What Should I Know About Disaster Preparedness?

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  • Written By: Margo Upson
  • Edited By: Bronwyn Harris
  • Last Modified Date: 07 October 2019
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Disasters can happen at any time, and without warning. It is always a good idea to be prepared for the worst. Disaster preparedness is being ready for any catastrophe, natural or man-made, that may come along, and knowing how to react in the case of an emergency.

Disaster preparedness isn’t difficult. With a little common sense and some careful planning, it is possible to be prepared for almost anything. The first thing to do is to understand which disasters are the most likely to happen in your area. Will they require evacuation, or will you be able -- or even forced -- to stay home? If evacuation is likely, have several safe places planned ahead of time where you and your family can stay. If it is likely that you will be able to stay home, consider what you will need to survive without heat, running water, and electricity.

Disaster survival kits are an essential part of disaster preparedness. Smaller kits can be left in the car, while larger kits should be located in an easy-to-access part of the home. These kits should contain several changes of clothes for each person, personal supplies, such as shampoo, soap, and toothbrushes, and warm blankets. Also included should be a fully stocked first aid kit and several flashlights. A battery-powered radio is another necessity.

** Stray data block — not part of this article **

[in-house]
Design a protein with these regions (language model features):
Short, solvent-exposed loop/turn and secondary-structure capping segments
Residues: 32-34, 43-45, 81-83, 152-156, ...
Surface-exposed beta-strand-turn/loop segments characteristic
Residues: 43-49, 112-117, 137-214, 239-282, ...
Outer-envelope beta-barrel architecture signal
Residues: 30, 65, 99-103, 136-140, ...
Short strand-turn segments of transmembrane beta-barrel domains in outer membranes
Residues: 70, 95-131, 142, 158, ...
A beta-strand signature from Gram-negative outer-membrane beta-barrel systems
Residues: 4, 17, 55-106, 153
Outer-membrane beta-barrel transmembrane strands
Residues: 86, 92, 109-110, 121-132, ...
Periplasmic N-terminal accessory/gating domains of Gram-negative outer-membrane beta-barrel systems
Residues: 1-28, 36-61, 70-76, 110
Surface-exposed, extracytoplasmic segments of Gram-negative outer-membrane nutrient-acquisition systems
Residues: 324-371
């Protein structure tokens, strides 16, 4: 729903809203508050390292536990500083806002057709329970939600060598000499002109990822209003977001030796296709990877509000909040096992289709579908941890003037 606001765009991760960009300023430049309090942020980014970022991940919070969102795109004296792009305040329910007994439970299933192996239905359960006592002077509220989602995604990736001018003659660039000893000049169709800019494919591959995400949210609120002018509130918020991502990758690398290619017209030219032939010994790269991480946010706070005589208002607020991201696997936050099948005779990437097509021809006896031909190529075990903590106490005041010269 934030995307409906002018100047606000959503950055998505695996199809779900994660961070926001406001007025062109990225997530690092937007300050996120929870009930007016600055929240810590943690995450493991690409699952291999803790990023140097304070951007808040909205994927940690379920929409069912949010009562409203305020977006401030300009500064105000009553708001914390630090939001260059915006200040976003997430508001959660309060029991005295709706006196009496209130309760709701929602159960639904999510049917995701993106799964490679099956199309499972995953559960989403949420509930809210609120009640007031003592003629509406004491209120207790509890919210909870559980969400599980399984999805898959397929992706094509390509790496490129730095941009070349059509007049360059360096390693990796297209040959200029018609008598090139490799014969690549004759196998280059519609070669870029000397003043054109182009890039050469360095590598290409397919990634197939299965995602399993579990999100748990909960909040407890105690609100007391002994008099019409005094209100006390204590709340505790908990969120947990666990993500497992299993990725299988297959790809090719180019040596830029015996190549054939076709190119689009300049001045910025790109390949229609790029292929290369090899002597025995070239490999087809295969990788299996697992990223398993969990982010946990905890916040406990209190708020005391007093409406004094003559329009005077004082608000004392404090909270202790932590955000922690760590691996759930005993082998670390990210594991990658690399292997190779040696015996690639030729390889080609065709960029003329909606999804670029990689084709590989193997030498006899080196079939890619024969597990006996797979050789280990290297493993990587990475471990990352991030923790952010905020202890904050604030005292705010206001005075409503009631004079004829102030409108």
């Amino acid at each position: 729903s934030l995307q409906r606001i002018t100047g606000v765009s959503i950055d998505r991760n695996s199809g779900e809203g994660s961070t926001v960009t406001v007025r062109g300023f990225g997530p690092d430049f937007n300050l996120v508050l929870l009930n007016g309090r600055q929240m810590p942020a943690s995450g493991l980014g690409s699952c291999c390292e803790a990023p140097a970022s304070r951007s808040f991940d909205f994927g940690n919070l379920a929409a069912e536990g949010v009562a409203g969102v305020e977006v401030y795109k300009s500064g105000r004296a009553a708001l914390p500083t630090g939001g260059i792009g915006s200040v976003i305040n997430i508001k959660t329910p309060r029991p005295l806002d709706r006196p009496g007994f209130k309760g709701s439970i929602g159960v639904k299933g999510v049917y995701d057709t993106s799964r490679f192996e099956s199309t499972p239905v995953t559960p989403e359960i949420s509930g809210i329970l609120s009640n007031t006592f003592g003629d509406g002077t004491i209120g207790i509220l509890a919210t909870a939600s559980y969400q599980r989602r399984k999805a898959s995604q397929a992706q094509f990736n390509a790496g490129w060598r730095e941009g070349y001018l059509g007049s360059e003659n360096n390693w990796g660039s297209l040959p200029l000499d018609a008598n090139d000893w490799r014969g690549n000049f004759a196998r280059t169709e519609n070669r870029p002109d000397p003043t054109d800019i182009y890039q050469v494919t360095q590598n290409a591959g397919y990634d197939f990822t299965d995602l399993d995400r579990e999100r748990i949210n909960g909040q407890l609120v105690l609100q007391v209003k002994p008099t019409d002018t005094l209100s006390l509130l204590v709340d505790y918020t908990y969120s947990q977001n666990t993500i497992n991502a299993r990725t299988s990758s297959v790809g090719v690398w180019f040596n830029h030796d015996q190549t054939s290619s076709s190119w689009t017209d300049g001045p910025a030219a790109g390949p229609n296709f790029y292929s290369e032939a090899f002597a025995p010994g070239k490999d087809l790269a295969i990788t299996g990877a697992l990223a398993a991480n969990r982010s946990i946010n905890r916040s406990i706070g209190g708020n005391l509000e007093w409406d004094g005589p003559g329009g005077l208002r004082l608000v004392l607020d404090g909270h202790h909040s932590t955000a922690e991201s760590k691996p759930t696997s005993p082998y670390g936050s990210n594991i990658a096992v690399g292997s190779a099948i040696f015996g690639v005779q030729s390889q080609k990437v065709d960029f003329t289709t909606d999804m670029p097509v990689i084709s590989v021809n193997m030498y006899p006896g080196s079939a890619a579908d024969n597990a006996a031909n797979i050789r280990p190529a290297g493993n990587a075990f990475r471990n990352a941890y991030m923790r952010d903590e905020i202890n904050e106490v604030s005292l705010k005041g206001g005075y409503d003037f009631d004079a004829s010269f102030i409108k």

Make copies of birth certificates, social security cards, licenses, and insurance cards, and place them into a waterproof container to keep them safe. A sealable plastic snack bag works well for this. Included in this bag should be enough cash for you to survive off for several days or weeks. Don’t assume that you will be able to stop at a bank on your way out of town. It may also be a good idea to pack a few games, books, or other small activities to keep yourself and your family occupied and entertained.

A disaster preparedness kit should also contain food. This is especially important when seeking shelter in your own home. There should be one gallon of water per person for each day you may be without clean running water. Most experts recommend being prepared for two weeks, at least. There should also be plenty of extra water available, just in case. Non-perishable food that does not require preparation should be set aside for disasters. This might include granola bars, jerky, canned goods, and dried fruits and vegetables. Dried milk, cereal, cookies and crackers are also good things to have stocked up. Vitamins should also be available, especially for children and pregnant or nursing mothers.

In a situation where the power has gone out, and you will be staying at home, eat food from the fridge before food from the freezer. Save stockpiled food for last. Don’t forget family pets when preparing for a disaster. Food, water, and other supplies should be stocked up and set aside with the food for the family, along with any leashes or pet carriers you might need for evacuation purposes.

Invest time and thought into disaster preparedness. In addition to being well-stocked, it is always a good idea to know how to defrost frozen pipes, turn off electricity and gas supplies, and treat contaminated water. While being prepared won’t prevent a disaster, it can help you and your family survive in relative comfort.



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